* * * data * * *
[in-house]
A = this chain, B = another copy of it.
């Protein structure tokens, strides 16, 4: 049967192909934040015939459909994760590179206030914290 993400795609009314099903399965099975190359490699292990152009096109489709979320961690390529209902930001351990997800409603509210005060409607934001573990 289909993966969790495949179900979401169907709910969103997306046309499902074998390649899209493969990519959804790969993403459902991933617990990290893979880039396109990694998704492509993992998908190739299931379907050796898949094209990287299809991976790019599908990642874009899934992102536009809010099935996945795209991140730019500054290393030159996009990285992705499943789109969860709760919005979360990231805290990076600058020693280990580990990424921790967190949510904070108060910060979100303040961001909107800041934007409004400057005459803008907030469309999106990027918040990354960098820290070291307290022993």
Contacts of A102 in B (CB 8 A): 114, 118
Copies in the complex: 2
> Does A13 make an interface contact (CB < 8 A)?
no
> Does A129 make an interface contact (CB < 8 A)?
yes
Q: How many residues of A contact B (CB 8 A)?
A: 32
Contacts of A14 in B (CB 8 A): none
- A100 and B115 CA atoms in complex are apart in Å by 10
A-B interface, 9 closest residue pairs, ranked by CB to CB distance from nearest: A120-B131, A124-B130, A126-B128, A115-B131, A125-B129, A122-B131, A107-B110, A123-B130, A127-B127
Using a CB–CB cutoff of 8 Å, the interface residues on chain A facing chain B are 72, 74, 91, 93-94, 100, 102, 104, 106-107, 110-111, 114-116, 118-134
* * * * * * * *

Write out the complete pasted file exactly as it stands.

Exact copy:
[in-house]
A = this chain, B = another copy of it.
């Protein structure tokens, strides 16, 4: 049967192909934040015939459909994760590179206030914290 993400795609009314099903399965099975190359490699292990152009096109489709979320961690390529209902930001351990997800409603509210005060409607934001573990 289909993966969790495949179900979401169907709910969103997306046309499902074998390649899209493969990519959804790969993403459902991933617990990290893979880039396109990694998704492509993992998908190739299931379907050796898949094209990287299809991976790019599908990642874009899934992102536009809010099935996945795209991140730019500054290393030159996009990285992705499943789109969860709760919005979360990231805290990076600058020693280990580990990424921790967190949510904070108060910060979100303040961001909107800041934007409004400057005459803008907030469309999106990027918040990354960098820290070291307290022993």
Contacts of A102 in B (CB 8 A): 114, 118
Copies in the complex: 2
> Does A13 make an interface contact (CB < 8 A)?
no
> Does A129 make an interface contact (CB < 8 A)?
yes
Q: How many residues of A contact B (CB 8 A)?
A: 32
Contacts of A14 in B (CB 8 A): none
- A100 and B115 CA atoms in complex are apart in Å by 10
A-B interface, 9 closest residue pairs, ranked by CB to CB distance from nearest: A120-B131, A124-B130, A126-B128, A115-B131, A125-B129, A122-B131, A107-B110, A123-B130, A127-B127
Using a CB–CB cutoff of 8 Å, the interface residues on chain A facing chain B are 72, 74, 91, 93-94, 100, 102, 104, 106-107, 110-111, 114-116, 118-134